I won't attempt to down-play their preparedness. Being physically fit, knowing a martial art and simple common sense will get you a lot further than training with a paintball gun will (at least in a place where there are not many guns, like New Zealand).

CrystalRose
Saturday, September 27th, 2008, 09:06 AM
I don't know, I think I would rather be safe than sorry. Information worth retaining. :D

ChaosLord
Saturday, September 27th, 2008, 09:09 AM
The information was more to educate than make someone a paranoid person awaiting the apocalypse. It's to give people an idea of what is needed in dire circumstances instead of being in the dark of things.

Rainraven
Saturday, September 27th, 2008, 09:40 AM
Definately a good mindset to have but I lack the preparation to be like that. But they'd definately be a useful sort of person to have in a disaster!

Ulf
Saturday, September 27th, 2008, 10:04 AM
I wish there was a survivalist subforum...

http://forums.skadi.net/showthread.php?p=854271
http://forums.skadi.net/showthread.php?p=855047
http://forums.skadi.net/showthread.php?t=77639

10 Day Survival Pack for your vehicle (http://www.backwoodshome.com/articles2/yago104.html)

When the next world-crushing disaster strikes — tsunami, quake, dirty bomb, whatever — one thing is certain: You're on your own. As hurricanes Katrina and Rita showed, help may not arrive for 72 hours. Don't fret. Wired has your back with these shopping lists for your DIY emergency kit. Because when everything goes to hell, you'll want gear that gives you an evolutionary advantage over your less-prepared neighbors. Clip and save; lock and load.

The House Kit

Store all this gear in a sealed plastic trash can or containers. It won't cost as much as you think: You probably own most of this stuff already.

A. First aid You could buy the $25 kit from Red Cross. Or you could build your own: bandages, alcohol, cotton balls, antidiarrheals, anti-inflammatories like ibuprofen, and prescription meds.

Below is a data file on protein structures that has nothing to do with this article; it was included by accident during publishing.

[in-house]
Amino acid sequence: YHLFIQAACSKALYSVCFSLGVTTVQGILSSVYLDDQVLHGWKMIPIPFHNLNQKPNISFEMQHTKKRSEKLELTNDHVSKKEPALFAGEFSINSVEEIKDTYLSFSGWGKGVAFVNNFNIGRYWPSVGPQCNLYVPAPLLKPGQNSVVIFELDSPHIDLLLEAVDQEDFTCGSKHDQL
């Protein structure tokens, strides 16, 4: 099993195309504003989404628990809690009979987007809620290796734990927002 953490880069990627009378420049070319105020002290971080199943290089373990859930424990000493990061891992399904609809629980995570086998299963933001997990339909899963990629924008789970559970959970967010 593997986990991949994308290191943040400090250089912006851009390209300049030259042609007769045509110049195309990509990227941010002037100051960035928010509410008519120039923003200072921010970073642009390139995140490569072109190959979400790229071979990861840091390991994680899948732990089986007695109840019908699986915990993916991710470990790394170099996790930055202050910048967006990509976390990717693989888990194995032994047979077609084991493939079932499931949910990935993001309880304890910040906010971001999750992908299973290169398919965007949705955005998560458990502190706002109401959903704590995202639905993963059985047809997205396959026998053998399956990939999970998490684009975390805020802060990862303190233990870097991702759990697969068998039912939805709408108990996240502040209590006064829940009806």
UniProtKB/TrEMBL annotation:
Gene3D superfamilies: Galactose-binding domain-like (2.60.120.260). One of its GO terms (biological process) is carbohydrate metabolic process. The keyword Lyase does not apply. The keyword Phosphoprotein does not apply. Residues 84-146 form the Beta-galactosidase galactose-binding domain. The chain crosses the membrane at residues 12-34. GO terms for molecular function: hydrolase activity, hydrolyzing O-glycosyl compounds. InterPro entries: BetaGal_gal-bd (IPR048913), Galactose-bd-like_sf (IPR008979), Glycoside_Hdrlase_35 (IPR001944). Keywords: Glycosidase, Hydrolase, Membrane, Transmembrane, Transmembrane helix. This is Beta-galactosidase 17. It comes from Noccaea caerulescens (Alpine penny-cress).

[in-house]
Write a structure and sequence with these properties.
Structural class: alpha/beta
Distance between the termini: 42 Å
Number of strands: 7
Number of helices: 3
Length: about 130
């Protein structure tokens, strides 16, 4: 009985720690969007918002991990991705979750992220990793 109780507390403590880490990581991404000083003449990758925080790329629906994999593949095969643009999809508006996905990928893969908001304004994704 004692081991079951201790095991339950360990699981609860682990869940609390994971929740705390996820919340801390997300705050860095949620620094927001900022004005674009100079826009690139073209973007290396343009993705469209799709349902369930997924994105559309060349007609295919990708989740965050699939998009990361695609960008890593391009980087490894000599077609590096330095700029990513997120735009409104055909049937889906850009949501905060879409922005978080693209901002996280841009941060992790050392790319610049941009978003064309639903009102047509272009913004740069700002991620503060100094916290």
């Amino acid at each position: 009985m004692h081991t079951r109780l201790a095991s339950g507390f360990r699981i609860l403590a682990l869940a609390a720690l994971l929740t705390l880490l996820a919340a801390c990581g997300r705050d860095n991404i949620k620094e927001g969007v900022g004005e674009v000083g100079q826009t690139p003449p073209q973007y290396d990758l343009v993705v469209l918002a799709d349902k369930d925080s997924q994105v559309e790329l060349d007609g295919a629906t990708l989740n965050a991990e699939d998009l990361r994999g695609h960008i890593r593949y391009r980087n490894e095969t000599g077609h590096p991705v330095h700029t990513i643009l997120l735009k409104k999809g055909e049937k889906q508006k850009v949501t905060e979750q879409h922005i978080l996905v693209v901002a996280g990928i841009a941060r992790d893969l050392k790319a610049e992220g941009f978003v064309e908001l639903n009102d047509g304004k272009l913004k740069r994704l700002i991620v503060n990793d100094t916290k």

B. Clothes A full change, including warm outer layers (wool or synthetic) and sturdy shoes, for each person under your roof.

C. Plastic sheeting Fiber-reinforced, laminated polyethylene film, 0.006 inches* thick. You can buy 1,200 square feet of Dura Skrim DS2 for about $100. Or get a tarp — for covering broken windows, roofs.

D. Zip ties Handy when you have to make splints, compression bandages, or tourniquets.

E. Water A gallon per person, per day. For a family of four, that's 12 gallons. If you have the space for that, great. If not, keep as much as you can manage. Have unscented bleach on hand, too — 16 drops in a gallon and you've got potable H20. Tea bags make it taste OK.

F. Food Raid the pantry: dehydrated soups, canned tuna and veggies, nuts and candy. Peanut butter is high-calorie and has a long shelf life. You can also buy freeze-dried camping meals.

G. Flashlight We like the Inova X5 — it's water-resistant, aircraft-grade anodized aluminum and uses LEDs. But a cheap drugstore version and some batteries will do just fine.

H. Protective wear Waterproof and cut-resistant Kevlar gloves and N95 face masks.

I. Tools A crowbar to pry debris that might stand between you and a loved one. An adjustable wrench. Screwdrivers. A staple gun. Rope.

J. Matches You're probably not a Boy Scout. Get the kind marked waterproof and windproof and store 'em in a ziplock bag. In another bag, hoard some dryer lint for kindling.

The Go Pack

Keep these items in a backpack that's readily accessible — you know, in case you have to bail at a moment's notice. One bag per person.

K. Radio A cheap transistor set with batteries is fine. Or you could get something that'll pick up TV and NOAA bands and that has a hand crank, like the Eton Grundig FR300 — it comes with a cell phone charging jack and built-in flashlight. If you want to splurge, see page 95.

L. Cash $500 in small bills. ATMs won't work when the power is out, and neither will credit card readers.

M. Documents A copy of your home insurance policy, plus contact numbers, medical insurance card, passport, driver's license, bank records, and photos of family members. (A local map and spare keys may come in handy, too.)

N. Mylar space blanket It's a super-compact means of both keeping warm and reflecting heatstroke-causing rays of sun.

O. Clothes Put spares in a waterproof bag. Remember a hat. Toss in a few basic toiletries, too, like a toothbrush and toilet paper.